A large portion of the debate on right to vote concerned e-elections, but also funding of the political parties. Electronic elections have been criticised mainly on the initiative of the Centre Party and the Tallinn City Government, which is ruled by the Centre Party, as well as in publications. At the end of the year the discussion centred around the so-called foundations for developing democracy that were intended to be established with the political parties, which would be funded from the state budget, and for which 900,000 euros had already been procured via the budget of Ministry of Foreign Affairs.[17]

Recommendations 

  • Remove the blanket ban of participating in elections of persons serving prison sentences.
  • Continue the discussion for increasing transparency of funding of political parties and for increasing the efficiency of monitoring.
  • Continue the work on specifying the legislative regulations on electronic elections and guarantee independent monitoring of e-elections.
  • Pay more attention to percentage of women in parties’ lists of candidates, starting with voluntary measures on the party level.


[1] OSCE/ODIHR Estonia. Parliamentary Elections. 6 March 2011. OSCE/ODIHR Election Assessment Mission Report. Availabile at: http://www.osce.org/odihr/77557.

[2] OSCE/ODIHR Estonia. Parliamentary Elections.

[3] Turbo, Katre (2011). „Vangide valimisõigusest“ [On prisoners’ right to vote]. RiTo [the Journal of the Estonian Parliament] 23. Available at: http://www.riigikogu.ee/rito/index.php?id=14442&op=archive2.

[4] See for example „Madise: valimiskomisjonil ei ole erakondade rahastamise kontrolliks piisavaid volitusi“ [Madise: National Electoral Committee does not have sufficient jurisdiction to monitor the parties’ funding]. Postimees.ee. 29.12.2009 Available at: http://www.postimees.ee/205843/madise-valimiskomisjonil-ei-ole-erakondade-rahastamise-kontrolliks-piisavaid-volitusi/.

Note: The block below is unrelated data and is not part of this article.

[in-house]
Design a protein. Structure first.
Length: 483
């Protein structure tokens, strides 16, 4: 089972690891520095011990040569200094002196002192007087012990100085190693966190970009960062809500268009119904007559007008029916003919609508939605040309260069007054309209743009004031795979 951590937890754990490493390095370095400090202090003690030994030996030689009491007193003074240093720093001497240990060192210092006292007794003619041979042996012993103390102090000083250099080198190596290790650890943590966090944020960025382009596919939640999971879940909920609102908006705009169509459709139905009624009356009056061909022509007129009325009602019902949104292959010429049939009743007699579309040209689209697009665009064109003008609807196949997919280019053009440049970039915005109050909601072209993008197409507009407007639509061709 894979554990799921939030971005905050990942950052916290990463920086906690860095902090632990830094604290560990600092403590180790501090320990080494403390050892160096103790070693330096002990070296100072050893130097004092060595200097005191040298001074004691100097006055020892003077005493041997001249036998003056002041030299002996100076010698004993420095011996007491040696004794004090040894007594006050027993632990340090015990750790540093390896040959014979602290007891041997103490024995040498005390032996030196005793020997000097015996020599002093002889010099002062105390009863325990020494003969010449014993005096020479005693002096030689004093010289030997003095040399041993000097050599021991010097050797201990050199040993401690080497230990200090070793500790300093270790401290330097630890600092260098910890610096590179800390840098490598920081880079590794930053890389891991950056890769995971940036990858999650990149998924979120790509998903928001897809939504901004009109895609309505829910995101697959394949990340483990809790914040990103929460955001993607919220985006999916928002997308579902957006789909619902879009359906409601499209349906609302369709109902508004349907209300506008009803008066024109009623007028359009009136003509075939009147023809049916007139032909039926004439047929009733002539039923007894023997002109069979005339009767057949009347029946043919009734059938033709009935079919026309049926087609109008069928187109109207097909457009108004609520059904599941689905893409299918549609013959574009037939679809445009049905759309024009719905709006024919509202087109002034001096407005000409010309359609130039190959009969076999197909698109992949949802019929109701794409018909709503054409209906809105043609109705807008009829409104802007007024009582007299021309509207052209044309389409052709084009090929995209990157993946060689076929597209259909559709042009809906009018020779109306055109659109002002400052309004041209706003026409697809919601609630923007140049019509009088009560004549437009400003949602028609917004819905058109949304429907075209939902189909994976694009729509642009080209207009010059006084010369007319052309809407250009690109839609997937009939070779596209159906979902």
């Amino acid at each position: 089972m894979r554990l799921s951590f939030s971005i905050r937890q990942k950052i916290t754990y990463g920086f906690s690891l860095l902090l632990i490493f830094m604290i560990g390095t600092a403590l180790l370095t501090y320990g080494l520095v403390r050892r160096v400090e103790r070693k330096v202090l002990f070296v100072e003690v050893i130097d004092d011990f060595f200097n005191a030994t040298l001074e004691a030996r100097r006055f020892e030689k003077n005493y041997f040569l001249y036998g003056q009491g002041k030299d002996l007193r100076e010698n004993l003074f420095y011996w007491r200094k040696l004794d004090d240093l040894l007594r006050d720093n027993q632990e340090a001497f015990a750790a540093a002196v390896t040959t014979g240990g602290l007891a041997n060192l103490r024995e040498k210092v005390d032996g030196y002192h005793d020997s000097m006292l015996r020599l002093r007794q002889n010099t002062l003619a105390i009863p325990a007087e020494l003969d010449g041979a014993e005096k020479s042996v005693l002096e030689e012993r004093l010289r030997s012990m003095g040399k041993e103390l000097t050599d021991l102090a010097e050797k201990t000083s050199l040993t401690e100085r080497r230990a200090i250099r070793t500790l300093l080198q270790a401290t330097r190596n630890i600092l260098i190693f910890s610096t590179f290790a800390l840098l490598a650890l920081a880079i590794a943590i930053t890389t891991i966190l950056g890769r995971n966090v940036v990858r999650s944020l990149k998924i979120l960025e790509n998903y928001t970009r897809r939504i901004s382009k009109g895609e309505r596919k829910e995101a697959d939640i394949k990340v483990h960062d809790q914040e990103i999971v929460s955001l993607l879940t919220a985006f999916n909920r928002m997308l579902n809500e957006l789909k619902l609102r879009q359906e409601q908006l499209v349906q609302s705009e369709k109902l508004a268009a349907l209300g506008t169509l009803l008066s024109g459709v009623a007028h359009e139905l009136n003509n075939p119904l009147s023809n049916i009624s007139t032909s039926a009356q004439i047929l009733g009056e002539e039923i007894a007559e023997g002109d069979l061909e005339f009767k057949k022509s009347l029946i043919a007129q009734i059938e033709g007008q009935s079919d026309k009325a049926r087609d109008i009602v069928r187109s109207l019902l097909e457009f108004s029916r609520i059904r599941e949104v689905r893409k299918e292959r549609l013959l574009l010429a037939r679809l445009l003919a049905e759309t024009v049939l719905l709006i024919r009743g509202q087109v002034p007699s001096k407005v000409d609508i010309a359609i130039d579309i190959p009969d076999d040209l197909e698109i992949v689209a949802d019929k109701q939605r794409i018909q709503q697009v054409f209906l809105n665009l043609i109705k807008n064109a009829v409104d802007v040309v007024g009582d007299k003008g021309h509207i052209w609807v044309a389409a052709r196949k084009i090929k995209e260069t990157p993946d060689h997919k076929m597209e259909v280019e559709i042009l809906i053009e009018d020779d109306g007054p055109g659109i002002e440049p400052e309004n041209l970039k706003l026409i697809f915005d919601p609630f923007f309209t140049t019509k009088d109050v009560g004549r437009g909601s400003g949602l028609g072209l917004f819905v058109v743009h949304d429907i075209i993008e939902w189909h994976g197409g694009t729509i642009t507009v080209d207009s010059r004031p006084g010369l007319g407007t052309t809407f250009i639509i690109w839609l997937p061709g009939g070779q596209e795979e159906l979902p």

[5] Erakonnaseaduse muutmise ja sellega seonduvalt teiste seaduste muutmise seadus [The act amending the Political Parties Act and other acts concerned]. RT I, 10.12.2010, 1.

[6] Erakondade rahastamise järelevalve komisjon. Kiri. [The committee monitoring funding of parties. Letter] Available at: http://www.riigikogu.ee/public/ERJK/2011.11.11_EKS_muutmisettepanekud.pdf.

[7] Constitutional Review Chamber of the Supreme Court judgment in case no. 3-4-1-4-11 (21.03.2011).

[8] Constitutional Review Chamber of the Supreme Court judgment in case no. 3-4-1-6-11 (23.03.2011).

[9] Constitutional Review Chamber of the Supreme Court judgment in case no. 3-4-10-11 (31.03.2011).

[10] Sillajõe, Siiri. Elektrooniline hääletamine valimistel [Electronic voting in elections]. Teemaleht no. 3 / 28.04.2011. Riigikogu kantselei õigus- ja analüüsiosakond. Available at: http://www.riigikogu.ee/doc.php?87072.

[11] Väli, Mari. Sookvootide rakendamisest parlamendivalimistel [Application of gender quotas at parliamentary elections]. Teemaleht no. 4 /05.05.2011. Riigikogu kantselei õigus- ja analüüsiosakond. Available at: http://www.riigikogu.ee/doc.php?87072.

[12] Väli.

[13] National Electoral Committee. Riigikogu valimised 2011 statistika [Statistics about 2011 Riigikogu elections]. Available at: http://www.vvk.ee/riigikogu-valimised-2011/statistika-2011/.

[14] National Electoral Committee. Riigikogu valimised 2011 statistika. Elektroonilise hääletamise statistika. [Statistics about 2011 Riigikogu elections. Statistics about electronic voting.] Available at: http://www.vvk.ee/riigikogu-valimised-2011/statistika-2011/.

[15] The criticism can be found of the website veebisait www.evalimised.net.

[16] OSCE/ODIHR Estonia. Parliamentary Elections.

[17] A summary of developments on the topic of foundation for developing democracy can be found on the website www.ngo.ee/dasa.